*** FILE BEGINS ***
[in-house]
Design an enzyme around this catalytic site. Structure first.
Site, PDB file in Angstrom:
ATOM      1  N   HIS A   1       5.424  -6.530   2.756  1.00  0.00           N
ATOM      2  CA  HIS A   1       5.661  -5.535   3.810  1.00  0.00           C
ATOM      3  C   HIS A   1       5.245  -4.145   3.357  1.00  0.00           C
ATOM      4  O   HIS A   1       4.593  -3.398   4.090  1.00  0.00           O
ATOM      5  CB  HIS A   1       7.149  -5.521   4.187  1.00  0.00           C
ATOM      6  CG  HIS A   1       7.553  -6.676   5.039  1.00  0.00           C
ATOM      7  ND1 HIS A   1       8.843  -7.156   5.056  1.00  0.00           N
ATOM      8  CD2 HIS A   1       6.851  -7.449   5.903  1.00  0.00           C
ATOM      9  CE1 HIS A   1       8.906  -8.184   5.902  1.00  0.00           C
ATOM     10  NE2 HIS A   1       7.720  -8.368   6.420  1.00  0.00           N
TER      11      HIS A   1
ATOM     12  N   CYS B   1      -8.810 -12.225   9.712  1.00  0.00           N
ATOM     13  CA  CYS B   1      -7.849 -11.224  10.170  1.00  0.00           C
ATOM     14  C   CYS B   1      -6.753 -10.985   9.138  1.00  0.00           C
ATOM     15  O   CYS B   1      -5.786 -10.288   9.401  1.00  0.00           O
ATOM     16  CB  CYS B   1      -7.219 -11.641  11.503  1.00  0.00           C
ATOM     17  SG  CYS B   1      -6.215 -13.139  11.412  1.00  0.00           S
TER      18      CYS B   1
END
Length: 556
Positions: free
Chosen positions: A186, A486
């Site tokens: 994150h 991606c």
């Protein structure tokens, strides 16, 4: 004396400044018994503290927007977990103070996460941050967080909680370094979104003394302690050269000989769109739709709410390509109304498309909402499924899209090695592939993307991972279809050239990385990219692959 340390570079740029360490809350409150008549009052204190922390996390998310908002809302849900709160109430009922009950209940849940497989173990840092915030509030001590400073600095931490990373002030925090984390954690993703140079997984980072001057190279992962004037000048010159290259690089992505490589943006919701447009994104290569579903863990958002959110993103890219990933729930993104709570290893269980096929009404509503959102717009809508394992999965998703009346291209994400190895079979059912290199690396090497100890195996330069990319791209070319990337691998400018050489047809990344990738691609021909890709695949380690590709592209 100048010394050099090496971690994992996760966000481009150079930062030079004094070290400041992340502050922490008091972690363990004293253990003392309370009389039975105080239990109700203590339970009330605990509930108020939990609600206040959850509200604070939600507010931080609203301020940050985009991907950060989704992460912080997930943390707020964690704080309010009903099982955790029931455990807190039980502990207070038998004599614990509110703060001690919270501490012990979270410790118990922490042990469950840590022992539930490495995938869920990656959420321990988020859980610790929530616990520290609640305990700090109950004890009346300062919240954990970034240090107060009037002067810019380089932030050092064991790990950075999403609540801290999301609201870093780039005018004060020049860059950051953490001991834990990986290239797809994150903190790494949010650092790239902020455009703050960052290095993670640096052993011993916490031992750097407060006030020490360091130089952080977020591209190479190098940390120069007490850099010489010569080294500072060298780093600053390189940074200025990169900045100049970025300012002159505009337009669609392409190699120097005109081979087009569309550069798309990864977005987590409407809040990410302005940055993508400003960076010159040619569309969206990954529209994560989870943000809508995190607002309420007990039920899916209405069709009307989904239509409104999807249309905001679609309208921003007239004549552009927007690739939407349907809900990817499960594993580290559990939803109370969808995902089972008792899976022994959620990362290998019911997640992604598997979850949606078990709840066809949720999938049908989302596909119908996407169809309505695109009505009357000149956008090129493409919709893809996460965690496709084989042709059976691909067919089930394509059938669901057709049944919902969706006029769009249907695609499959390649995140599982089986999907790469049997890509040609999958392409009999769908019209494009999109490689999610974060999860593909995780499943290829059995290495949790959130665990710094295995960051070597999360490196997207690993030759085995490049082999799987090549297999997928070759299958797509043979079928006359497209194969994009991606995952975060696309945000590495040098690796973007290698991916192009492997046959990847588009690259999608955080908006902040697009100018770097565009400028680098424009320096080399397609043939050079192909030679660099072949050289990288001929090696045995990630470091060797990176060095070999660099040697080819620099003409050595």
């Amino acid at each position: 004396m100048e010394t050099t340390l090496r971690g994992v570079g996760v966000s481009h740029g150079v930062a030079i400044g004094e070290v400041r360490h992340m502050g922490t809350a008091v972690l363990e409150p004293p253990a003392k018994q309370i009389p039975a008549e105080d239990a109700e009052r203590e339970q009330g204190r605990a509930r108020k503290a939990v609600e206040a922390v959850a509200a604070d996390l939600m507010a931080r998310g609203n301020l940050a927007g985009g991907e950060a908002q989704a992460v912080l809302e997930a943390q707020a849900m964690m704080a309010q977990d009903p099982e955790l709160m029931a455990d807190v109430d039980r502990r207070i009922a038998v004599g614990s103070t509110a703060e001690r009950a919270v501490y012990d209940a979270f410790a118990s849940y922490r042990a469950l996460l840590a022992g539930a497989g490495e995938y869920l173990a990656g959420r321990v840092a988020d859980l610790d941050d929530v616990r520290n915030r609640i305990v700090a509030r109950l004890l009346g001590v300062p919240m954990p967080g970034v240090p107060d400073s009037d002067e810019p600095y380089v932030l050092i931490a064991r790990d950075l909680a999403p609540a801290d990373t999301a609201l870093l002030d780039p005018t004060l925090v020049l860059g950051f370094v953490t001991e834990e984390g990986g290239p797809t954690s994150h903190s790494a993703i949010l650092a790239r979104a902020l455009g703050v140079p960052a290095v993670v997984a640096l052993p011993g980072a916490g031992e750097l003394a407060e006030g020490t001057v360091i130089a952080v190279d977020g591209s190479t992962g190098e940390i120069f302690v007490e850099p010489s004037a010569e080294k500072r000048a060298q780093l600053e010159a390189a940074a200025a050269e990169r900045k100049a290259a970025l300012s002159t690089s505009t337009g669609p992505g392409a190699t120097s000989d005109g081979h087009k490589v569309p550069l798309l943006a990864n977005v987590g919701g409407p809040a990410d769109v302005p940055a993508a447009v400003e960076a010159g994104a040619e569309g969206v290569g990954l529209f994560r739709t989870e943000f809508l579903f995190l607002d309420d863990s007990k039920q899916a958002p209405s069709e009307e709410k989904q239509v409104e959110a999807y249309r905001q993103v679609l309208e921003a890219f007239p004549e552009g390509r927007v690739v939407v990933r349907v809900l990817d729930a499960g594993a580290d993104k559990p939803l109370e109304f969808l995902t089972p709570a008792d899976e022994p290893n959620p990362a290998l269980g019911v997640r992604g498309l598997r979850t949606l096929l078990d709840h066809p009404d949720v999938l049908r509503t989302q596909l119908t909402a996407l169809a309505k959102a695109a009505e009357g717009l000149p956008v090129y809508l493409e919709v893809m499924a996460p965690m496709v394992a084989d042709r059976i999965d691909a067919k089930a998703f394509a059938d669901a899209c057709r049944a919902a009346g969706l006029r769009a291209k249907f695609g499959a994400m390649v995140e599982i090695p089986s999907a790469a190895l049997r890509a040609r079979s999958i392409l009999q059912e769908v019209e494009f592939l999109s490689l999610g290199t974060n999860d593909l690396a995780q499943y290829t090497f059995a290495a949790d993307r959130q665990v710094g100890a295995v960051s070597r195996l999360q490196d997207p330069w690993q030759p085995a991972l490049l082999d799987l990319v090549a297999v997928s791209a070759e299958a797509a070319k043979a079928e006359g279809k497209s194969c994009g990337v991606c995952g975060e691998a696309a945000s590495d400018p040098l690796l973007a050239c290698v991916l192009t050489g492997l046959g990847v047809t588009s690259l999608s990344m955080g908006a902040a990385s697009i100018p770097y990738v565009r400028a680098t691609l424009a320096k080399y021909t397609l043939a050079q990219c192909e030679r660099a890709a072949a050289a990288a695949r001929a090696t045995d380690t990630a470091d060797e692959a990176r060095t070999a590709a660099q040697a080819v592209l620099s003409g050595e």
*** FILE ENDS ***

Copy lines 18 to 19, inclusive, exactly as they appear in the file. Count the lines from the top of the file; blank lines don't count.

ATOM     15  O   CYS B   1      -5.786 -10.288   9.401  1.00  0.00           O
ATOM     16  CB  CYS B   1      -7.219 -11.641  11.503  1.00  0.00           C